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Phase III+: The University is open for expanded research operations; only authorized personnel will be admitted on campus. More info here.

This message was sent to the Rockefeller community from the Office of the President on July 24, 2020 at 9:31 a.m.
Subject: Update from the President

Oop header 7-24-20

Dear colleagues,

It has been a very hot July in New York, and I hope you are finding ways to stay cool, whether here in the city or elsewhere in the region. Many families are beginning to travel, and although rates of new infection with SARS-CoV-2 remain low in most areas of the Northeast, and rates of new infection, hospitalization and death from COVID-19 continue to remain very low in NYC, that’s definitely not the case in most of the rest of the country, with many states and the country as a whole experiencing all-time highs in new infection rates. Similarly, while much of Asia and Europe now have very low rates of new infection, other parts of the world, including much of South America and the Middle East have high levels of infection.

Following Governor Cuomo’s lead, Rockefeller continues to strongly discourage all non-essential travel outside of the area, whether for business or leisure, and all travel beyond the tri-state region (New York, New Jersey, and Connecticut) must be reported to Occupational Health Services using the online travel questionnaire (VPN required). Following state Department of Health guidelines, depending on your itinerary, you may be required to quarantine for 14 days upon your return. More on Rockefeller OHS guidelines is available here (VPN required); details of the NY travel advisory are here.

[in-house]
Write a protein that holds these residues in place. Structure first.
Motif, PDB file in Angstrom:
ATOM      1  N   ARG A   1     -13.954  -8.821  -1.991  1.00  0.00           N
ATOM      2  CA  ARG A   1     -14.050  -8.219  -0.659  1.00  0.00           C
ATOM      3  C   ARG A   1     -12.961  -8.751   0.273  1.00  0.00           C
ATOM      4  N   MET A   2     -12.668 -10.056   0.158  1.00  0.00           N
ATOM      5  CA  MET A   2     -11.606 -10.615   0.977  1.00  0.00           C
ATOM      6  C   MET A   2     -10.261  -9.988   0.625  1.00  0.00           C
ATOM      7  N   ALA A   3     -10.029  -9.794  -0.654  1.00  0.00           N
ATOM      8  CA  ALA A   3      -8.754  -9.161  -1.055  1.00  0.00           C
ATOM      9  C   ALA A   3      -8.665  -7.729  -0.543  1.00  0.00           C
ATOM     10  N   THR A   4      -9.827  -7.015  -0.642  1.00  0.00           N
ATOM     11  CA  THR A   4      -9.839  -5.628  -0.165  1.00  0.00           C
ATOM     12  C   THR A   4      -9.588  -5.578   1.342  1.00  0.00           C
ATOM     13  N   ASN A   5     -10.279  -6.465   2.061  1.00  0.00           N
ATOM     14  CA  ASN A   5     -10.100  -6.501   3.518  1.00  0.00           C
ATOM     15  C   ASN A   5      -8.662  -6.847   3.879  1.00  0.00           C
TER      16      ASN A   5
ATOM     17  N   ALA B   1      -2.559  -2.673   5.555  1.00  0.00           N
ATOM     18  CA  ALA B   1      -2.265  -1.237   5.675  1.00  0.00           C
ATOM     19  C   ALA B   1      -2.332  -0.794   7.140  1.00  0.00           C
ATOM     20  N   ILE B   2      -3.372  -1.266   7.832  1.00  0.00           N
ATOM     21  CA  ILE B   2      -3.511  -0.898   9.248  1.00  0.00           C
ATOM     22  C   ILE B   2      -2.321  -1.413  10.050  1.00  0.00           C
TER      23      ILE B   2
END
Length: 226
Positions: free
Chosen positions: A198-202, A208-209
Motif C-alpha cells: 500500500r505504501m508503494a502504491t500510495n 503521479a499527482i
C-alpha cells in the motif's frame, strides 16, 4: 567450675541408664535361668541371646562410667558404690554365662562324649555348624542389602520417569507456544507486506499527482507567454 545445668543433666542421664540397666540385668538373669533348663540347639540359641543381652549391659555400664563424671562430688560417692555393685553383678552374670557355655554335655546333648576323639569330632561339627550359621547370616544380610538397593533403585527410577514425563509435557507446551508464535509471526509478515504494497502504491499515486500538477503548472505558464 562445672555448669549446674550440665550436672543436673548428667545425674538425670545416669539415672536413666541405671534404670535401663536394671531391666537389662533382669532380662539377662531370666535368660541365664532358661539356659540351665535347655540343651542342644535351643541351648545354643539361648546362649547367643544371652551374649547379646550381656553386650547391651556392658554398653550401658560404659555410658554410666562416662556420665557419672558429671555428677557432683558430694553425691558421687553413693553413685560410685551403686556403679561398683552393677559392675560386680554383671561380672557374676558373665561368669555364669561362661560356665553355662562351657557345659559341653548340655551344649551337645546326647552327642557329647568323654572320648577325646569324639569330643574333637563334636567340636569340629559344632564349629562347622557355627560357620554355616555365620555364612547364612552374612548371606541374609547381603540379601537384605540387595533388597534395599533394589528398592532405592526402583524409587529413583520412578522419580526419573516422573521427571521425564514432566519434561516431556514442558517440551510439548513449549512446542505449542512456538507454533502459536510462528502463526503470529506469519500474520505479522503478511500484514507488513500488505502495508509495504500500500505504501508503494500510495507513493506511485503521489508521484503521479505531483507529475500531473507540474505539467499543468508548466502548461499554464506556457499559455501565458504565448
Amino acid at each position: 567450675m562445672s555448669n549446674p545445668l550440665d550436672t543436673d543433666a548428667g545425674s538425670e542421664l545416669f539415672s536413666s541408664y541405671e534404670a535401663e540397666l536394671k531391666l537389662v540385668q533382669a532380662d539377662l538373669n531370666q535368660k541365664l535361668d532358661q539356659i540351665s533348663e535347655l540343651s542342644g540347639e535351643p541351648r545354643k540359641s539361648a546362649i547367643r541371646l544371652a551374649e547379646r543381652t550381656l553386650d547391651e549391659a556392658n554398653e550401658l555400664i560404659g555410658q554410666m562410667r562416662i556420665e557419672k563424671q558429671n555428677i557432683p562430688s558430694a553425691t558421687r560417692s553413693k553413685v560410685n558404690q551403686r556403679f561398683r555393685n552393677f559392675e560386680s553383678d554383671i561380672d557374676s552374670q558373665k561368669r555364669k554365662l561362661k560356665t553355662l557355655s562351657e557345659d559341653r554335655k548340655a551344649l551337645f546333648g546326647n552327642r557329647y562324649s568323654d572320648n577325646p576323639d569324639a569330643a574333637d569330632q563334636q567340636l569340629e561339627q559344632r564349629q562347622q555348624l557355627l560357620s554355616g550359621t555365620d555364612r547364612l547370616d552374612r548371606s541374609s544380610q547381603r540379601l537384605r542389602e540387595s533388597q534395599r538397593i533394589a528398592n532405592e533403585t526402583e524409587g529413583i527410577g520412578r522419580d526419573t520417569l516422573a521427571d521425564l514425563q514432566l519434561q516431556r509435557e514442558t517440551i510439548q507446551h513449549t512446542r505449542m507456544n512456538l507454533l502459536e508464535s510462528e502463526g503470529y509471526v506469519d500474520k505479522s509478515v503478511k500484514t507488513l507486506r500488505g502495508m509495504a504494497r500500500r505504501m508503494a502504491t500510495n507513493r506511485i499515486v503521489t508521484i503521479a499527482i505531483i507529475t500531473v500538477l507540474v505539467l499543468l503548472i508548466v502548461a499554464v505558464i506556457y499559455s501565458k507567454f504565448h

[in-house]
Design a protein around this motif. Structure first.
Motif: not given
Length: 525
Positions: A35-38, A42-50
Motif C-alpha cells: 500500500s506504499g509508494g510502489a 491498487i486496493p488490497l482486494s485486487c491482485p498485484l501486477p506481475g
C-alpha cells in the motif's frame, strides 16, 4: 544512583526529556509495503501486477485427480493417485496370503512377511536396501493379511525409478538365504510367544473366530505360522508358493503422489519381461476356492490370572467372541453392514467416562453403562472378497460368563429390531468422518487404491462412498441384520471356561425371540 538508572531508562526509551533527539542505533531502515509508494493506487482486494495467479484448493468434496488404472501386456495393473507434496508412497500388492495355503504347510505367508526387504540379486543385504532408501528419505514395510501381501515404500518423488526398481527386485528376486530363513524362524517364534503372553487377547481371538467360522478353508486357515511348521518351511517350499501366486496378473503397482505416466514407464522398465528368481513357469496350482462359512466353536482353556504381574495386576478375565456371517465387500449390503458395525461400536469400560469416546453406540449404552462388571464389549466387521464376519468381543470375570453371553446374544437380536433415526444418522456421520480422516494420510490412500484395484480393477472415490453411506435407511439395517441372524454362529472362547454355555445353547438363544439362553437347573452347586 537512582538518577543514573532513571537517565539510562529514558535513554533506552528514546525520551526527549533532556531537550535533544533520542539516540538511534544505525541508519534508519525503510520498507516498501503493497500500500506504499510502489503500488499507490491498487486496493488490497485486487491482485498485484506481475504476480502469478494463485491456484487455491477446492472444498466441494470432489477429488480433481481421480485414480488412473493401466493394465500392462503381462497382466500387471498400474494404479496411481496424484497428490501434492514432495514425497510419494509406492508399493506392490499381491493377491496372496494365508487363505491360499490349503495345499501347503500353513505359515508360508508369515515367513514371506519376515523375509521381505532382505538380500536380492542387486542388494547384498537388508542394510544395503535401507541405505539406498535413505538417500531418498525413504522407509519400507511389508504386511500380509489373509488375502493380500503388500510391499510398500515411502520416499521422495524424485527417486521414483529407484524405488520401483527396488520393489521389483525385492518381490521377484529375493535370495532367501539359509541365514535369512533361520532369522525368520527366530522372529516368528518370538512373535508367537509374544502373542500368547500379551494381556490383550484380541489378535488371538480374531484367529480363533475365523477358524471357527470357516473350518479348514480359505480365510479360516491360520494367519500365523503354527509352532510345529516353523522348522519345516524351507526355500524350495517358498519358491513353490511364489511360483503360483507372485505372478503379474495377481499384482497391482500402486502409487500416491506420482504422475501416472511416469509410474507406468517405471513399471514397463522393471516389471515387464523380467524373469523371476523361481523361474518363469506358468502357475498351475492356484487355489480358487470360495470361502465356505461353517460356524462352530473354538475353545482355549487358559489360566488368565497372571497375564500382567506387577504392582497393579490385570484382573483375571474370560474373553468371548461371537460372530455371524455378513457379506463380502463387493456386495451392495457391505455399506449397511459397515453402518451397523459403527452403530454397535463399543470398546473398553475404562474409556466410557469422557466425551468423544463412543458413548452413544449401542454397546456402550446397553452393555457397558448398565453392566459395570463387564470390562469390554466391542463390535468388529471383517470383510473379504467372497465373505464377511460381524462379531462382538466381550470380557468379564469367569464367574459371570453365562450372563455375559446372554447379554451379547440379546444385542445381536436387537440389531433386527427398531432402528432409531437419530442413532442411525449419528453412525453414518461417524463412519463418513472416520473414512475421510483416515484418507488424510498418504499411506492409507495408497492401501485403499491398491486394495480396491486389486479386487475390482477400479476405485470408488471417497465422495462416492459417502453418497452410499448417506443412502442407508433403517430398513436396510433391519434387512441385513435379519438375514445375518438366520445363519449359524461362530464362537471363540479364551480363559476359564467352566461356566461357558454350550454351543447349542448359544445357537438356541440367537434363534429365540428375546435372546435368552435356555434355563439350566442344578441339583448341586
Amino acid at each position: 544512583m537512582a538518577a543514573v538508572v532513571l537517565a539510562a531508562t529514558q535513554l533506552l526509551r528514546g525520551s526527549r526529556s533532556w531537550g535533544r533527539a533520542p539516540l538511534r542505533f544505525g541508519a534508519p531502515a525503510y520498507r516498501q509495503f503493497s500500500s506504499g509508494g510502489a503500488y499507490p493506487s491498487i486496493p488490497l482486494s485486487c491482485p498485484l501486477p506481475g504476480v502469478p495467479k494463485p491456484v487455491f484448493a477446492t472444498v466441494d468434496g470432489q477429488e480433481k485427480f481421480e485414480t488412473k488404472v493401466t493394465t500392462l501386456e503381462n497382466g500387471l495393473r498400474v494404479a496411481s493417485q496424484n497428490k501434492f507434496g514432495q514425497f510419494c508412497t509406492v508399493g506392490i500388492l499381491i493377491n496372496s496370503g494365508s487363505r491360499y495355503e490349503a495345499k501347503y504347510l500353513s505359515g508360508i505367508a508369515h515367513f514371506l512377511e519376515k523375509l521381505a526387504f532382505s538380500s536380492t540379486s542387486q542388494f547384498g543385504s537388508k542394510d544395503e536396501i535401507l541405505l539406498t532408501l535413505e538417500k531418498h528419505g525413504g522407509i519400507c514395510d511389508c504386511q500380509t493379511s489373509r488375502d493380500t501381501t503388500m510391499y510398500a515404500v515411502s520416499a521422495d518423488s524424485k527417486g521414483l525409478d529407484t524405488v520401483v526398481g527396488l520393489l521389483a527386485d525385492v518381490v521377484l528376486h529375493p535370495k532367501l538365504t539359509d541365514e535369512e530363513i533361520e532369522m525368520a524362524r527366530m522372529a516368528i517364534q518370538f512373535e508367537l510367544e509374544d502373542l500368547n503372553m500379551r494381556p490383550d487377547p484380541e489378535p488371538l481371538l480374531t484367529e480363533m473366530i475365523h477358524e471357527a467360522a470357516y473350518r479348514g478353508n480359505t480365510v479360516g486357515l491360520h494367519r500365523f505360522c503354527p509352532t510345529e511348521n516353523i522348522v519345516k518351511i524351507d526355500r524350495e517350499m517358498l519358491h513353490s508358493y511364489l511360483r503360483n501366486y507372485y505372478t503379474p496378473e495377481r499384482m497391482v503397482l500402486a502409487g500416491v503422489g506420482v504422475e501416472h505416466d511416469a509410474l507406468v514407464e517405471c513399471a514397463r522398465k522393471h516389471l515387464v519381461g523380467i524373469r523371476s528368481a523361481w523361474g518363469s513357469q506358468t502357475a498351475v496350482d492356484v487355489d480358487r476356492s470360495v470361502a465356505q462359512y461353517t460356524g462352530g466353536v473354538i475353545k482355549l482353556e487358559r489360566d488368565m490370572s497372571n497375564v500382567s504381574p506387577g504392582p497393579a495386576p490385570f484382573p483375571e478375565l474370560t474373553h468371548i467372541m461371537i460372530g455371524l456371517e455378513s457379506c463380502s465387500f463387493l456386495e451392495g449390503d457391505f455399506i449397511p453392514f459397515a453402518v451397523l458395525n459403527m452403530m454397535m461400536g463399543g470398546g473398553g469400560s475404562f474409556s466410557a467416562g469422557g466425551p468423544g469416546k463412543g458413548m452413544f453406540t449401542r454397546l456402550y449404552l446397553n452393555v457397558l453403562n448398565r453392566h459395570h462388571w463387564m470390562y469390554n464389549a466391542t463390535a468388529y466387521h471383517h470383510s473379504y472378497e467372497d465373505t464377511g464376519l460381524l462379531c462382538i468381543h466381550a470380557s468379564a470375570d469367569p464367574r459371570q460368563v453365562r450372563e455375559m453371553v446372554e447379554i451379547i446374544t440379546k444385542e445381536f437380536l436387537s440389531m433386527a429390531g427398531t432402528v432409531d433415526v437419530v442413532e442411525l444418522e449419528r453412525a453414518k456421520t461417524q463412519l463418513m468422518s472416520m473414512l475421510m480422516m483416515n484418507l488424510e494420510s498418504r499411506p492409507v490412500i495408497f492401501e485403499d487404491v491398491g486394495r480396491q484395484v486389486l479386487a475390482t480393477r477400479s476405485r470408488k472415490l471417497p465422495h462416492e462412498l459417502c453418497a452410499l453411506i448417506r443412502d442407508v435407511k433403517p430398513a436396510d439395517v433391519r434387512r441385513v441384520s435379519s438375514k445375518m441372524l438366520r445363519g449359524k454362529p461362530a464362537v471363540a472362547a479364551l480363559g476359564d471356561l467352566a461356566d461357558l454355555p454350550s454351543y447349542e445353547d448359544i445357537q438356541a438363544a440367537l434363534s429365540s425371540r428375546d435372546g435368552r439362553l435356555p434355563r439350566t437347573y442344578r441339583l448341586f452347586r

Laboratories on campus are increasingly ramping up their research as we continue in Phase III of our restart, and it has been gratifying to again see activity in laboratories that had been closed. In new research, congratulations to Bob Darnell and his colleagues who reported a fascinating finding this week in The New England Journal of Medicine. In a study extending over several years, they discovered that a novel cell type appears in the blood before disease flares in patients with rheumatoid arthritis. They believe these cells are precursors to the inflammatory fibroblasts found in inflamed joints during a flare. Importantly, identification of these cells in blood could allow early therapeutic intervention to prevent flares and further joint damage in this disease and suggests efforts to discover similar blood markers in other autoimmune diseases that are characterized by intermittent flares of activity. This research highlights the great breadth of science on campus that is now returning in force.

As the daily census on campus continues to grow, many thanks to everyone for your diligence in practicing social distancing and complying with our face-covering policy. Since beginning reopening in early June, we are aware of only one community member who has a confirmed diagnosis of COVID-19. This individual had contact with a non-Rockefeller person known to have COVID-19, promptly reported this to OHS and was advised to quarantine. After becoming symptomatic 10 days later, the person obtained a viral test and was positive. This person is recovering, and there is no evidence of spread of infection to other members of our community. This example shows how vigilance, promptly reporting exposure, and appropriately adhering to quarantine is effective in preventing the spread of infection in our community. I urge you to continue to use best practices to avoid infection and follow OHS guidance.